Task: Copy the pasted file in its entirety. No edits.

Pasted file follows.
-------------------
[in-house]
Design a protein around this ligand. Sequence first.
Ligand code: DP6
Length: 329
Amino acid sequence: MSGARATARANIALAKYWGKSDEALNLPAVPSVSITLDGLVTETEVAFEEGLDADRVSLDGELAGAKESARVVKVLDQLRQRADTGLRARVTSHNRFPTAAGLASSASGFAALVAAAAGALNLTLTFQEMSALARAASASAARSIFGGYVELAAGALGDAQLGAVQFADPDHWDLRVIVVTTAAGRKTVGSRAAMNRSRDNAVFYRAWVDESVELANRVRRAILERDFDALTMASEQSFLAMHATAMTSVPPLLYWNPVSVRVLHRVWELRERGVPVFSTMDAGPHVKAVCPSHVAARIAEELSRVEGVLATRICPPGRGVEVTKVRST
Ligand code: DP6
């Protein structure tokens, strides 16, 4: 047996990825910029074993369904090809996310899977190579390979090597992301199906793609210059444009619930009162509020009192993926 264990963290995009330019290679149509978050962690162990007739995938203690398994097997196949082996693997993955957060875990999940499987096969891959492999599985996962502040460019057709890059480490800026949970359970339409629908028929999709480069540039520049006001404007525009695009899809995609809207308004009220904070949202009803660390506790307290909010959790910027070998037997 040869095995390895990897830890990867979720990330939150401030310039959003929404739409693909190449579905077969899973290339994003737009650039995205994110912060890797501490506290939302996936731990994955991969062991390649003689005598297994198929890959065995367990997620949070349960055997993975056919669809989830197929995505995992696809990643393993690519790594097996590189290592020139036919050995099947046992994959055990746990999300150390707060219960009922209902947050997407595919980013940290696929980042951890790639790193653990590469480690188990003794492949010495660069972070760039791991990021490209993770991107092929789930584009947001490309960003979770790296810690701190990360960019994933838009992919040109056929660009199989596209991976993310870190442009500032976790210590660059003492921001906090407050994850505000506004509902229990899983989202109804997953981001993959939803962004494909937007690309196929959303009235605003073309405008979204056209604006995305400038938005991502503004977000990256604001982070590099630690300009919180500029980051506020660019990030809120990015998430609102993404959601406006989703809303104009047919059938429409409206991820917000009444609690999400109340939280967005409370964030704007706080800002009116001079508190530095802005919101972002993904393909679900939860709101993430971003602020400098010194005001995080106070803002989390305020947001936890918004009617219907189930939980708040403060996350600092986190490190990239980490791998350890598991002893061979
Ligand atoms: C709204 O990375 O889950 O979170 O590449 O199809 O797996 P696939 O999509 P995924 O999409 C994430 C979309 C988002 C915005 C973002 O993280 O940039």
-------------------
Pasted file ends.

[in-house]
Design a protein around this ligand. Sequence first.
Ligand code: DP6
Length: 329
Amino acid sequence: MSGARATARANIALAKYWGKSDEALNLPAVPSVSITLDGLVTETEVAFEEGLDADRVSLDGELAGAKESARVVKVLDQLRQRADTGLRARVTSHNRFPTAAGLASSASGFAALVAAAAGALNLTLTFQEMSALARAASASAARSIFGGYVELAAGALGDAQLGAVQFADPDHWDLRVIVVTTAAGRKTVGSRAAMNRSRDNAVFYRAWVDESVELANRVRRAILERDFDALTMASEQSFLAMHATAMTSVPPLLYWNPVSVRVLHRVWELRERGVPVFSTMDAGPHVKAVCPSHVAARIAEELSRVEGVLATRICPPGRGVEVTKVRST
Ligand code: DP6
């Protein structure tokens, strides 16, 4: 047996990825910029074993369904090809996310899977190579390979090597992301199906793609210059444009619930009162509020009192993926 264990963290995009330019290679149509978050962690162990007739995938203690398994097997196949082996693997993955957060875990999940499987096969891959492999599985996962502040460019057709890059480490800026949970359970339409629908028929999709480069540039520049006001404007525009695009899809995609809207308004009220904070949202009803660390506790307290909010959790910027070998037997 040869095995390895990897830890990867979720990330939150401030310039959003929404739409693909190449579905077969899973290339994003737009650039995205994110912060890797501490506290939302996936731990994955991969062991390649003689005598297994198929890959065995367990997620949070349960055997993975056919669809989830197929995505995992696809990643393993690519790594097996590189290592020139036919050995099947046992994959055990746990999300150390707060219960009922209902947050997407595919980013940290696929980042951890790639790193653990590469480690188990003794492949010495660069972070760039791991990021490209993770991107092929789930584009947001490309960003979770790296810690701190990360960019994933838009992919040109056929660009199989596209991976993310870190442009500032976790210590660059003492921001906090407050994850505000506004509902229990899983989202109804997953981001993959939803962004494909937007690309196929959303009235605003073309405008979204056209604006995305400038938005991502503004977000990256604001982070590099630690300009919180500029980051506020660019990030809120990015998430609102993404959601406006989703809303104009047919059938429409409206991820917000009444609690999400109340939280967005409370964030704007706080800002009116001079508190530095802005919101972002993904393909679900939860709101993430971003602020400098010194005001995080106070803002989390305020947001936890918004009617219907189930939980708040403060996350600092986190490190990239980490791998350890598991002893061979
Ligand atoms: C709204 O990375 O889950 O979170 O590449 O199809 O797996 P696939 O999509 P995924 O999409 C994430 C979309 C988002 C915005 C973002 O993280 O940039």